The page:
The man in the photo is Richard Yates. He wrote a book titled Revolutionary Road; yes, on which the Winslet/DiCaprio movie was based. I finally saw the film Friday night. I am now hunting for the book...mediocre John hunting.
The film is disturbing. And from what I've read, it doesn't even scratch the brilliance of the book.
After seeing the DVD clamshell, I believed it was a period piece - 1950s - a story of a young married couple rapidly drowning in the suburban/conformist wave of that time. In a very real sense, it is. However, as I sniffed around a little about Yates, I found an interview where for him, above all else, Revolutionary Road was a book about abortion. In a 1972 Ploughshares article he said, "Everything gets aborted in the book...it's...built on a series of abortions, of all kinds - an aborted play, several aborted careers, any number of aborted ambitions and aborted plans and aborted dreams - all leading up to a real, physical abortion, and a death at the end..."
As I said, I'm now searching for a used copy of the book.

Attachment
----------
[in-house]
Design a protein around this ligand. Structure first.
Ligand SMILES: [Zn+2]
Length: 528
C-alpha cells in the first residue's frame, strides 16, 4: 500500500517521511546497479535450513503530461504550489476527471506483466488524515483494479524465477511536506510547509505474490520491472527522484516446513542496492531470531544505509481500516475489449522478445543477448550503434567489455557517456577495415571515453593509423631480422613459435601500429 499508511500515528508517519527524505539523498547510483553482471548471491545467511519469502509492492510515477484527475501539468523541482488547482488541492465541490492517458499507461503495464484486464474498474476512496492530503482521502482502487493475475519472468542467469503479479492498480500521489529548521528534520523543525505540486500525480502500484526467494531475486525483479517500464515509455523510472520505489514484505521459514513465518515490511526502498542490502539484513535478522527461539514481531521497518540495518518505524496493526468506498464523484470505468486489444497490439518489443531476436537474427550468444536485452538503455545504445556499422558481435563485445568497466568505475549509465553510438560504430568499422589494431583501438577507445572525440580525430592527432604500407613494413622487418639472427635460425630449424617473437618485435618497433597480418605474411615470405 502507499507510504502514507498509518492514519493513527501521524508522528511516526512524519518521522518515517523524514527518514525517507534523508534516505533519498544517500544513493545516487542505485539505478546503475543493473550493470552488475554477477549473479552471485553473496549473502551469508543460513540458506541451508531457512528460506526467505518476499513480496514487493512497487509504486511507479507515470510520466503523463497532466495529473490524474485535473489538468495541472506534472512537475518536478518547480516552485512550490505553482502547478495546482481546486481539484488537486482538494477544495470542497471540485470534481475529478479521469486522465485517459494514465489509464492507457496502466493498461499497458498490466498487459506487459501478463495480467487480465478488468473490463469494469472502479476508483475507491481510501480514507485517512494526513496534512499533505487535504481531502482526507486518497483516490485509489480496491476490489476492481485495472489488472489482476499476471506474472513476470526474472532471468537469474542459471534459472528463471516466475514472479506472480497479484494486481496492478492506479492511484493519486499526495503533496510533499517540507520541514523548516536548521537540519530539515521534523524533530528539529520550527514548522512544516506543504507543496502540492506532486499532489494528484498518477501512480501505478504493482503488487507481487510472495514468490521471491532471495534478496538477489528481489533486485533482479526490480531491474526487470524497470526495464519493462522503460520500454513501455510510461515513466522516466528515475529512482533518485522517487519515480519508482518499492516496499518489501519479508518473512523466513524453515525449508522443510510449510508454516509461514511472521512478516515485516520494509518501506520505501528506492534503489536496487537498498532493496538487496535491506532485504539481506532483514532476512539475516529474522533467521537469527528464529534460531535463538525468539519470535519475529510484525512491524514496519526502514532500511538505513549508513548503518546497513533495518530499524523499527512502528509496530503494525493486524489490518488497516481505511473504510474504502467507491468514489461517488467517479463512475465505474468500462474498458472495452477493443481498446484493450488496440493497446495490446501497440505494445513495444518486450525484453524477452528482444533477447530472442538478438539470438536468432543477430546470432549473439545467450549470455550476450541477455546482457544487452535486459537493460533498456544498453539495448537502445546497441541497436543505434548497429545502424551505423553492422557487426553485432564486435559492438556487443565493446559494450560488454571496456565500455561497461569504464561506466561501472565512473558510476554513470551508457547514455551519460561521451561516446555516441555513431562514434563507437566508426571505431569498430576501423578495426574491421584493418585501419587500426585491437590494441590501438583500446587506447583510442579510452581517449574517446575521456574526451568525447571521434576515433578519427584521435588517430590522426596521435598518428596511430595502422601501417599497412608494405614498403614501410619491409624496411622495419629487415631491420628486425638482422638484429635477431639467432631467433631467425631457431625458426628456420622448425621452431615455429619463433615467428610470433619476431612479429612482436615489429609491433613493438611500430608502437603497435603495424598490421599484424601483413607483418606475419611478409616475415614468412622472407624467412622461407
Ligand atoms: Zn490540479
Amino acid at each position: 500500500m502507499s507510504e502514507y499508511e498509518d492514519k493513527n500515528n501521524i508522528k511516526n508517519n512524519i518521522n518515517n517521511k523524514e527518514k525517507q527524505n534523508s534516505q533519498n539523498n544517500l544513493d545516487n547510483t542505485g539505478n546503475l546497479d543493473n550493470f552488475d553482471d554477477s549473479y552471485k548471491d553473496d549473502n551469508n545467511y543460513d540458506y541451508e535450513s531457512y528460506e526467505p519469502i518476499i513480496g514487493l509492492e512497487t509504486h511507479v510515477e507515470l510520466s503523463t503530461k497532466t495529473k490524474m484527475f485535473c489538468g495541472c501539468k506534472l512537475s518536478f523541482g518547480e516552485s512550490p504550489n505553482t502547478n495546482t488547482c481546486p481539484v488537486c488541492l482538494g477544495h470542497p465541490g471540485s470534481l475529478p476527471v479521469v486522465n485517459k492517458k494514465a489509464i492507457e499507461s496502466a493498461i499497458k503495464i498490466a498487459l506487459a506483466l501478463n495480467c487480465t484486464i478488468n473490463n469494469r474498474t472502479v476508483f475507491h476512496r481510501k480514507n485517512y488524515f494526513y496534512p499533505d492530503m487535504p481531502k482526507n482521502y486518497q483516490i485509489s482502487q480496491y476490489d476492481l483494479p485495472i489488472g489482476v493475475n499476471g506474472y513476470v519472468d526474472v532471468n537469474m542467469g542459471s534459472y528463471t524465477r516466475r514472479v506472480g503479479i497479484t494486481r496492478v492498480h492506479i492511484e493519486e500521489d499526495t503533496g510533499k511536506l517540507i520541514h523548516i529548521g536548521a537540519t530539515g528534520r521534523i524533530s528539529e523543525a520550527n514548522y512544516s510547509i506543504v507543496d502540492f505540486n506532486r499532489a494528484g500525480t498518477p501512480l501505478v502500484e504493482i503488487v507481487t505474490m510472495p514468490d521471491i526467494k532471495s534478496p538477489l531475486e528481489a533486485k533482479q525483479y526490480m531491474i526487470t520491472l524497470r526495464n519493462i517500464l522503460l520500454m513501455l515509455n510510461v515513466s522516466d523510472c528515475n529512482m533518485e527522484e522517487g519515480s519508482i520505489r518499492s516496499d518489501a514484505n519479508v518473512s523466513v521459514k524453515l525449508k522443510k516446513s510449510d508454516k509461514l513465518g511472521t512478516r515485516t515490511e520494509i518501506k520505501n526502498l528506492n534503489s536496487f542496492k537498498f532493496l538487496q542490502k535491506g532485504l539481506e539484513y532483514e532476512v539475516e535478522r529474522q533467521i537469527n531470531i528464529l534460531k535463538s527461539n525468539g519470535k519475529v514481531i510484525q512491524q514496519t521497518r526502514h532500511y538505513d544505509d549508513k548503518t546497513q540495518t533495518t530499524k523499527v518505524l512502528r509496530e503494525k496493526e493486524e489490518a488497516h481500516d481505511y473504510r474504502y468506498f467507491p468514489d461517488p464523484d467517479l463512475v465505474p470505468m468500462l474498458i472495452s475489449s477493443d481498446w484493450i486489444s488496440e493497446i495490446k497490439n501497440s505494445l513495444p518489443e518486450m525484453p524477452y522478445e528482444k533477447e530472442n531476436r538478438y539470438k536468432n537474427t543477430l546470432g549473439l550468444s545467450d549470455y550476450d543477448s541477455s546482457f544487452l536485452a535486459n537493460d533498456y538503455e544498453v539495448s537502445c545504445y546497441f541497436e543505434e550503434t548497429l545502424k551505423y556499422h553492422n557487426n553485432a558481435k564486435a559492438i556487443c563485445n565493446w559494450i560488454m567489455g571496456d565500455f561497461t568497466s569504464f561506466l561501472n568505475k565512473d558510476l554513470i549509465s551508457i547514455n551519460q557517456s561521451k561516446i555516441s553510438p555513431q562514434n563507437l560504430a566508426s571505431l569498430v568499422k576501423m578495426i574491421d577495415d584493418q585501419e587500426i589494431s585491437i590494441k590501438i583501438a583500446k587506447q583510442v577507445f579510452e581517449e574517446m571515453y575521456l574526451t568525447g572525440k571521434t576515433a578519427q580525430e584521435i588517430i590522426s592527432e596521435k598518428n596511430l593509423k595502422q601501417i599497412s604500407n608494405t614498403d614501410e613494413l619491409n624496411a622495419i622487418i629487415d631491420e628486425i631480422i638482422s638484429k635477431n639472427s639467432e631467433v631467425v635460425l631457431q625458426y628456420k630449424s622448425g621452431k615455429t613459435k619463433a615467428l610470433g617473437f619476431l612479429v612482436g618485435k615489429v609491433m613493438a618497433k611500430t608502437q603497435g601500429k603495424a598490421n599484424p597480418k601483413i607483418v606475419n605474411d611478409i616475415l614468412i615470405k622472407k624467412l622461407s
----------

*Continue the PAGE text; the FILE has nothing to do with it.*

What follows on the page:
I saw that theme of abortion as I watched the film and I kept thinking how little has changed since the 50s it portrayed. In no way do I want to diminish the real, physical issue of abortion. The chilling nature of that reality surfaced days ago in the killing of a Kansas physician. At the same time, in no way do I desire to scurry past that multifaceted word; we are all victims. To not be able to talk about the word abortion in all of its complexity reveals that cars and fashions and widespread cigarette use may have changed, but we the people have not. Our Facebook updates indicate what time we're headed to the gym or which character from The Facts of Life we most resemble; we have not changed.
It is not the American Dream to believe that you could be wonderful in this world; no, that is the human dream, a pro-life longing knit into each of us in the womb. There seemed to be a thread of hope in the movie, something known as bravery, a truly revolutionary road. I want to see if the book even points in that direction or if it is all merely a dead-end.